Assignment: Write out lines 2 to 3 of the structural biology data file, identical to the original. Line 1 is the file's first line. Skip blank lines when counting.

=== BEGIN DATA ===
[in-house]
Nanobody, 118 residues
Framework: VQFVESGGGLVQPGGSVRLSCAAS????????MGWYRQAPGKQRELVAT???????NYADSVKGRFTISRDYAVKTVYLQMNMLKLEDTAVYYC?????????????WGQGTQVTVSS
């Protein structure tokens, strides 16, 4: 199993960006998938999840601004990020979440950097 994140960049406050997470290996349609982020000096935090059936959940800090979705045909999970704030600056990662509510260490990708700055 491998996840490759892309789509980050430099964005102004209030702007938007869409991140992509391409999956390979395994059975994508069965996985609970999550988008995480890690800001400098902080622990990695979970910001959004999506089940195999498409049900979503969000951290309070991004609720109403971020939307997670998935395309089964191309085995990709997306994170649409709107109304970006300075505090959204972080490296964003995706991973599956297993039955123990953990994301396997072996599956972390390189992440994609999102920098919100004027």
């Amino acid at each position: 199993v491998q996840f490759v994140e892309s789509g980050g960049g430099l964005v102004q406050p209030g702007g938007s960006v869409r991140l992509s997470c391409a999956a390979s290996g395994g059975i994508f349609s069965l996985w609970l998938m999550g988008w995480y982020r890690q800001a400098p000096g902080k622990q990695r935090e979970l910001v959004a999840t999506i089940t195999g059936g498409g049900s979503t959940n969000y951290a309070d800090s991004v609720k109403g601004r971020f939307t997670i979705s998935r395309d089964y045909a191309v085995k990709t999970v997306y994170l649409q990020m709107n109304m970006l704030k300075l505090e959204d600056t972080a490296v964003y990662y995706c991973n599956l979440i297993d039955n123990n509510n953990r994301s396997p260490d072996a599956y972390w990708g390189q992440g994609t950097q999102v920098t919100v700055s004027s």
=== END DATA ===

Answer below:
Nanobody, 118 residues
Framework: VQFVESGGGLVQPGGSVRLSCAAS????????MGWYRQAPGKQRELVAT???????NYADSVKGRFTISRDYAVKTVYLQMNMLKLEDTAVYYC?????????????WGQGTQVTVSS